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Motherhood

5 things preschool taught me about parenting

November 16, 2021

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            It’s been two months since Jack started preschool. I am so thankful we found this preschool in our neighborhood and that Jack LOVES it. We chose a cooperative style preschool which means the parents contribute and support the preschool in a more hands-on way than a traditional drop-off/pick-up type preschool. The main difference is each parent helps in the classroom once per week and each family has a “job” outside the classroom like administration, fundraising, school maintenance, etc.

I acknowledge a cooperative preschool is not ideal for every family and while it’s something we’re still learning about, it’s been an eye-opening experience for me as a parent. Spending two hours a week with Jack, thirteen other two-year-olds, some of their parents, and the teachers have taught me more about myself and my parenting than I ever expected. We enrolled Jack in preschool so he could grow, thrive, learn, and play. I had no idea that I, too, would grow and learn. Here’s what I am reflecting on after the past two months of the preschool routine.

my own learnings from preschool

  • My role as Jack’s parent is not to control how he is behaving at every moment. I am there to help guide, support, and teach him how to participate and engage in a classroom setting with the other kiddos.  
    • Example: If Jack won’t follow directions and wants to keep playing with the toys instead of participating in “circle time”, of course, I will intervene and help him understand why it’s important to respect his teacher’s direction. However, if Jack doesn’t want to sit during “circle time” and instead wants to dance or stand right in front of the teacher, (or upside down as pictured above!) that’s okay. He’s TWO. He’s not expected to sit still and learn. Sometimes he will need to move and groove, other times he will stand and stare, and sometimes he will sit to learn. It’s all okay. And by the way, when I pause to let go of my expectations, I am able to observe that none of the other two-year-olds are sitting perfectly for “circle time” either.
  • As his parent, I am more embarrassed and hyper aware of Jack’s behavior than anyone else. More often than not, the behavior that makes me embarrassed is exactly where he should be developmentally. LET THAT WORRY GO.
    • Example: Jack is an active kid. He rarely stops moving and if he does, he is laying on the ground to watch the wheels on his toy cars turn. He is one of the more “rough and tumble” boys in class and while he’s not the only one, they do stand out from the others. For a few weeks I was so self concious about how he and they would climb all over each other, bump cars or bouncy balls against each other, etc. It feels silly to admit these things embarrassed me but it’s the truth. I would notice the other kids quietly playing and playing with the toys so much more gently. After a few weeks of school and chatting with the other parents, no one views the more “rough and tumble” kids as anything but more active than the others. Plus every kid has their own “thing.” Jack may need a reminder to not go down the slide face first, but he doesn’t need to be by my side the entire class like some of the other kids do. They all have their “thing” and none of it should embarrass any of the parents. We’re just meeting them where they’re at.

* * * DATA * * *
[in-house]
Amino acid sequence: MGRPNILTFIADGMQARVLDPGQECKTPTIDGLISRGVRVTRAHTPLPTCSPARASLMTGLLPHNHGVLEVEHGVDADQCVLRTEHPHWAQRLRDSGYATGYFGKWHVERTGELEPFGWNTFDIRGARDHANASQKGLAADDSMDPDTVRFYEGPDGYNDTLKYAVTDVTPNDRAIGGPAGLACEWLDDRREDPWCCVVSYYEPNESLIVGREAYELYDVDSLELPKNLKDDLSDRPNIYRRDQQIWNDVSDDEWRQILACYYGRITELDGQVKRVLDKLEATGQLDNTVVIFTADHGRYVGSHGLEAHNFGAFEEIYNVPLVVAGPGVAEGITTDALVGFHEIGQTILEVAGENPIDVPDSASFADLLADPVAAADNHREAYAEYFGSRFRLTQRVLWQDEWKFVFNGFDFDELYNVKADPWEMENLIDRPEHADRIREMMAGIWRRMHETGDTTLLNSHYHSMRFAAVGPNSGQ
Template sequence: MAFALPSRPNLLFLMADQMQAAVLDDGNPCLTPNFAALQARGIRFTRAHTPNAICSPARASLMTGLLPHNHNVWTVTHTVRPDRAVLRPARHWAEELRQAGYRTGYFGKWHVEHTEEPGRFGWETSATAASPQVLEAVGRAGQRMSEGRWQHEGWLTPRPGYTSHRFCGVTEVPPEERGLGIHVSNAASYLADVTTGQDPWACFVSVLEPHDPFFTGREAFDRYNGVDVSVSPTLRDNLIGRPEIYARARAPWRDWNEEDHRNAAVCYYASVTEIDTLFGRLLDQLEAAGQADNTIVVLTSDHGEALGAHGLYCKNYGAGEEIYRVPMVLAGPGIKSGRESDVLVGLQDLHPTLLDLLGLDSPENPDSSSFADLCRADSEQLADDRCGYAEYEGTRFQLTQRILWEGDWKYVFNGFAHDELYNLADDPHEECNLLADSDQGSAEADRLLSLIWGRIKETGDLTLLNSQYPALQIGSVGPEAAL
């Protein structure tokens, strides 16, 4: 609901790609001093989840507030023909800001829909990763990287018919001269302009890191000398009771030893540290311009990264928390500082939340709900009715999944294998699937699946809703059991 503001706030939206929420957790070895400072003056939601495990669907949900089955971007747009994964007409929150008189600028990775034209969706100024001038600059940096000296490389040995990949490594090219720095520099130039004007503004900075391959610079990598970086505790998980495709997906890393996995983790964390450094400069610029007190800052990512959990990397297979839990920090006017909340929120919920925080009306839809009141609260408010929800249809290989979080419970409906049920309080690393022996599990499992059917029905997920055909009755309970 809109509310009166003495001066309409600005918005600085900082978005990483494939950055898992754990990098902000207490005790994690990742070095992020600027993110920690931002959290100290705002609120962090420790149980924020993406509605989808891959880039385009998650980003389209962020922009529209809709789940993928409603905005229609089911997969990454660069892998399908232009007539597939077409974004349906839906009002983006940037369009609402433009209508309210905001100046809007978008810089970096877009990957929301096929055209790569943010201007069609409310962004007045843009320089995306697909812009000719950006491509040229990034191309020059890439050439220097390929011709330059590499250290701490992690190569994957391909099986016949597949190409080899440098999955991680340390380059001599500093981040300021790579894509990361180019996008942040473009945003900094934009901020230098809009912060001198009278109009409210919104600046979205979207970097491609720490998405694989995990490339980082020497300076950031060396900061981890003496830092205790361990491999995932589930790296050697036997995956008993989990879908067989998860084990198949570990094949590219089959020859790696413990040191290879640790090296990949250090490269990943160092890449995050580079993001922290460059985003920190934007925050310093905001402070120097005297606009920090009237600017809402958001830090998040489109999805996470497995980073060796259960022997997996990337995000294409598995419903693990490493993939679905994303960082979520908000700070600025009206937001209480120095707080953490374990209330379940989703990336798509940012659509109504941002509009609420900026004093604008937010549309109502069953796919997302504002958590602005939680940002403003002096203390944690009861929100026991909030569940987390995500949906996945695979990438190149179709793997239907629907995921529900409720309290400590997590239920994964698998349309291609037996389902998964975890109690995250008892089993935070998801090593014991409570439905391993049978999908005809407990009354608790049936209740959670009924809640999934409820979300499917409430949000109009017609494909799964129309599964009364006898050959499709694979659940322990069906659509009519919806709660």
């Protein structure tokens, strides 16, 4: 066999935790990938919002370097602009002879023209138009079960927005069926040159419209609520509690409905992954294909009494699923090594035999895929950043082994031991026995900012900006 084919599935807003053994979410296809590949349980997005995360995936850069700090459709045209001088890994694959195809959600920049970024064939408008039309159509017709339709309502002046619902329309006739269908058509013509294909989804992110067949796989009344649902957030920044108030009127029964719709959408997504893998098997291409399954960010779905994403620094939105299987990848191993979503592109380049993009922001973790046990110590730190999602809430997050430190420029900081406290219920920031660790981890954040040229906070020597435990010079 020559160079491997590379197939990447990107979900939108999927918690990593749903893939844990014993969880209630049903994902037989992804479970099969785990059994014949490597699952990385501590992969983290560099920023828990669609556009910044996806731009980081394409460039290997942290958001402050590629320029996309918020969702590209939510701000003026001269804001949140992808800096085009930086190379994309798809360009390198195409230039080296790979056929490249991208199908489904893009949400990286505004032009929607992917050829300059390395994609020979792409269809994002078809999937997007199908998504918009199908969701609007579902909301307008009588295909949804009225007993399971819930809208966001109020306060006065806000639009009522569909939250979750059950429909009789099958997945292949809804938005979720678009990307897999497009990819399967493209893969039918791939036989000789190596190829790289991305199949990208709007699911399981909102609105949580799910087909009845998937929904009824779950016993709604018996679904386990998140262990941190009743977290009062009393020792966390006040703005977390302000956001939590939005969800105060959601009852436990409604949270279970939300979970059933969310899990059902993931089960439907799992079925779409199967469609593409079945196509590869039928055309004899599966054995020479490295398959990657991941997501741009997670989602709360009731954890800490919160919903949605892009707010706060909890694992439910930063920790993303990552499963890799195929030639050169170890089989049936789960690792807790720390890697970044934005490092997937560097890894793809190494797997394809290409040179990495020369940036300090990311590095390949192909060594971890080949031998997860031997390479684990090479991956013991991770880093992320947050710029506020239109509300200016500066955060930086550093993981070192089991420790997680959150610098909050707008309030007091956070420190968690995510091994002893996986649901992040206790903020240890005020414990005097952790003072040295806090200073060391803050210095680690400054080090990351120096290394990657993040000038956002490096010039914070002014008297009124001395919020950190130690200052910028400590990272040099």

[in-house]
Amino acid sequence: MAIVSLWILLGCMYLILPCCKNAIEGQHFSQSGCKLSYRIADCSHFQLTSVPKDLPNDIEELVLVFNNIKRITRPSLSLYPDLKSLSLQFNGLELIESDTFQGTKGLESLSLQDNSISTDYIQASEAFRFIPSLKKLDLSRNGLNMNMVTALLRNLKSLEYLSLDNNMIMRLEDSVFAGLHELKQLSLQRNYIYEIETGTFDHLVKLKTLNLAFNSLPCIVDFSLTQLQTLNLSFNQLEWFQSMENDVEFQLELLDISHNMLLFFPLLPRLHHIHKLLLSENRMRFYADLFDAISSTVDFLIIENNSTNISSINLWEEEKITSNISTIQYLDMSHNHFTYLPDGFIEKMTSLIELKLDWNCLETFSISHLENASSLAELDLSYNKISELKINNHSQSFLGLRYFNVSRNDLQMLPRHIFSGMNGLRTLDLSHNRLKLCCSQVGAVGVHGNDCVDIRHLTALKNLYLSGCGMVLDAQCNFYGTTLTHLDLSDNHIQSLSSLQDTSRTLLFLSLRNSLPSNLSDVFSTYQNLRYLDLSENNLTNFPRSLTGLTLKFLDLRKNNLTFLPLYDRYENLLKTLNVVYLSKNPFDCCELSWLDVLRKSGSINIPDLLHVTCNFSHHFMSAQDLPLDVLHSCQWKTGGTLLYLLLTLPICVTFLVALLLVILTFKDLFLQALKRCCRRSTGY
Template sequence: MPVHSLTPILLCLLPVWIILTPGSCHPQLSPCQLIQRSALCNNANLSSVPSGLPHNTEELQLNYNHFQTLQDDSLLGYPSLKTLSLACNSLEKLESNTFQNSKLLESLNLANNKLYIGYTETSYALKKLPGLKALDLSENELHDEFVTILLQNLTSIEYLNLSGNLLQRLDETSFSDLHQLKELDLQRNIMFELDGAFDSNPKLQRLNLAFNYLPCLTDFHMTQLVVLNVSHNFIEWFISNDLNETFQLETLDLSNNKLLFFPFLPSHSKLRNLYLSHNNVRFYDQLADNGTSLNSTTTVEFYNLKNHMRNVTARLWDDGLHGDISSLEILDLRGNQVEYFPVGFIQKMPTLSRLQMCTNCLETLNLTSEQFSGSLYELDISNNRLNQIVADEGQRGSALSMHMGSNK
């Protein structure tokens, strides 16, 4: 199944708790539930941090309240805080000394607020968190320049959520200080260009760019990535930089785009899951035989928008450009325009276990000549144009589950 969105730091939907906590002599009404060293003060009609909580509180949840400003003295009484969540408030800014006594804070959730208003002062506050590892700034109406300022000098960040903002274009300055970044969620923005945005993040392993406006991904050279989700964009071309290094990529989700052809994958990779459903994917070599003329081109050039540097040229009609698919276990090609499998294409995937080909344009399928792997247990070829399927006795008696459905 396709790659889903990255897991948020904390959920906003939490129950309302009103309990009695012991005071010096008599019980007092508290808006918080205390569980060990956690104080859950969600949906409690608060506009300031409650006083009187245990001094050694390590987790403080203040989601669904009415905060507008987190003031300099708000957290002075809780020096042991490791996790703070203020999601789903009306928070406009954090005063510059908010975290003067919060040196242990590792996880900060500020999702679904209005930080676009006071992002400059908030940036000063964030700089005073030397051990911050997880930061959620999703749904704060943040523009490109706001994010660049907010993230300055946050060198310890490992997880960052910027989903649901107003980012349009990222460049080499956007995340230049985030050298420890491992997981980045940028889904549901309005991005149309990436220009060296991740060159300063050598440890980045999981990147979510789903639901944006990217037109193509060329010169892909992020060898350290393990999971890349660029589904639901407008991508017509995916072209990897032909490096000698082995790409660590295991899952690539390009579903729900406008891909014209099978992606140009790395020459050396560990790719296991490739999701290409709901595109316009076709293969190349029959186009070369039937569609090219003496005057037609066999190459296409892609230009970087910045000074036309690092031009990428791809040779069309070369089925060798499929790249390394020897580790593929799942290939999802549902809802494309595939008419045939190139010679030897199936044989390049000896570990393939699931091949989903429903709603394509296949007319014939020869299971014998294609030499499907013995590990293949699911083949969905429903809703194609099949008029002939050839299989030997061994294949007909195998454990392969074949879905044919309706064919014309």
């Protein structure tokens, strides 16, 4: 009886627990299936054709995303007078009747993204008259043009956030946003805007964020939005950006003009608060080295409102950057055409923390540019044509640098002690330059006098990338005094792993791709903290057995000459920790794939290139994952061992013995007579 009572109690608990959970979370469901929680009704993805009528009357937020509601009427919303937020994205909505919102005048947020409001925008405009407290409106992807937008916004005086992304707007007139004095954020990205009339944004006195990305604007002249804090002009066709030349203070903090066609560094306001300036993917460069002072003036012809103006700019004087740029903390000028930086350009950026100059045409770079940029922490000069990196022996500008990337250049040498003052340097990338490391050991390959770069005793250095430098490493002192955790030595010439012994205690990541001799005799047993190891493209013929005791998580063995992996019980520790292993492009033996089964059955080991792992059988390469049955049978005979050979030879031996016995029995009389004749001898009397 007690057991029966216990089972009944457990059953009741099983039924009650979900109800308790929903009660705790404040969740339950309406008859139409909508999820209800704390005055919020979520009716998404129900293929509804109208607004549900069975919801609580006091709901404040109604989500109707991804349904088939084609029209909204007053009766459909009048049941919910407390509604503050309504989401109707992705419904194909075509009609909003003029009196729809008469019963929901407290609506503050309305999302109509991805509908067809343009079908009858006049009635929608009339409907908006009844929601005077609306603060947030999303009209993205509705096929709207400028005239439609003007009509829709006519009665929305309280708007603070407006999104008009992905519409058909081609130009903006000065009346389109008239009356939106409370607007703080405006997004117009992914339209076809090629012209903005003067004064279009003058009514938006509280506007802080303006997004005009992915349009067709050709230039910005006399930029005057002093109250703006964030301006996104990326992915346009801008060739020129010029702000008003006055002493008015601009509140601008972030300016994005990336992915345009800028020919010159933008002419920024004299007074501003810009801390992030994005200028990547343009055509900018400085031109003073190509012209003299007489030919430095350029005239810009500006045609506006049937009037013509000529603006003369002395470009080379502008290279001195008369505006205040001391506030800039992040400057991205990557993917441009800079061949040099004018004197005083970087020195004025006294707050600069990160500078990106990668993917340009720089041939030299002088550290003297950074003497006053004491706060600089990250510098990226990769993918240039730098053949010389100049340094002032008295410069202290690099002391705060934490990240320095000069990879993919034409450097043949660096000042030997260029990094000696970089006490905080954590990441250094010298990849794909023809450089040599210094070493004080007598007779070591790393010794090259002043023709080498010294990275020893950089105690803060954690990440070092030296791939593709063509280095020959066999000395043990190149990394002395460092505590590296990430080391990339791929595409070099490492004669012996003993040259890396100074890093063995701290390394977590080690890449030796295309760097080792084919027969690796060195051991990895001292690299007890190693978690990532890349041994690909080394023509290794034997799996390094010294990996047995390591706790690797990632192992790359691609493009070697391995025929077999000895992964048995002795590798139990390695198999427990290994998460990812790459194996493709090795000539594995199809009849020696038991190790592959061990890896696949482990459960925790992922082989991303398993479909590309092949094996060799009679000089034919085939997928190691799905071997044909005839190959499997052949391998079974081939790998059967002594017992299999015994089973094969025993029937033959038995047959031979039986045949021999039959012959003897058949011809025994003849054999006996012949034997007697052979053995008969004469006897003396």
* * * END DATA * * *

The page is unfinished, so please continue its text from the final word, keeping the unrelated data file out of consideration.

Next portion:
• Seek a community of families who celebrate and care about your child’s wellbeing. Don’t settle for anything less, for your and your child’s sake.
    • It’s only been a short time but the love, care, and sincerity of the parents in our preschool community is phenomenal. It is a safe place for Jack and our family to make friends, learn, and be on this parenthood journey with. What a game changer. No one is competitive, braggadocious, or judgmental. We will continue to mindful of seeking this type of community in the future for both our boys, their continued education, and extracurricular activities.
  • Two-year-old’s will never be good at sharing. Not now and not ever. And it’s okay.
    • What a relief to learn your kiddo is not an a-hole for being unable to take turns and share consistently. None of the kids in his class can and it’s all okay. They will eventually and with the parents and teachers support they will soon. One of the teachers told me this on Jack’s first day and I will never forget how I laughed in sweet relief. Grateful for teachers who keep it real!
  • Preschool has given me the perspective the pandemic didn’t. Despite any worry we may have had, Jack is thriving and developing just as he should be.
    • Jack turned one-years-old about two months before the pandemic hit. Quarantining with a toddler made it difficult to know if he was on track developmentally. We weren’t around many other kids his age consistently and keeping social distance at the local playground made it hard to gauge how he measured in comparison to other kids his age. Preschool has given us the opportunity we’ve been craving. Making new friends, learning social skills with other kids and in a classroom, while also having fun in a new environment that’s not home or his grandparents’ house.

my favorite parenting podcasts

I know this parenthood journey will continue to challenge my expectations of what I believe I should be doing versus what is in the best interest of Jack and support his journey to becoming a kind and resilient human. When I am not in the midst of humble learnings at Jack’s preschool, I am usually listening to podcasts to help learn more about parenting. Sharing a few of my favs below!

Tell me, where do you get your parenting inspiration? Where do you learn the most about yourself and your parenting style?

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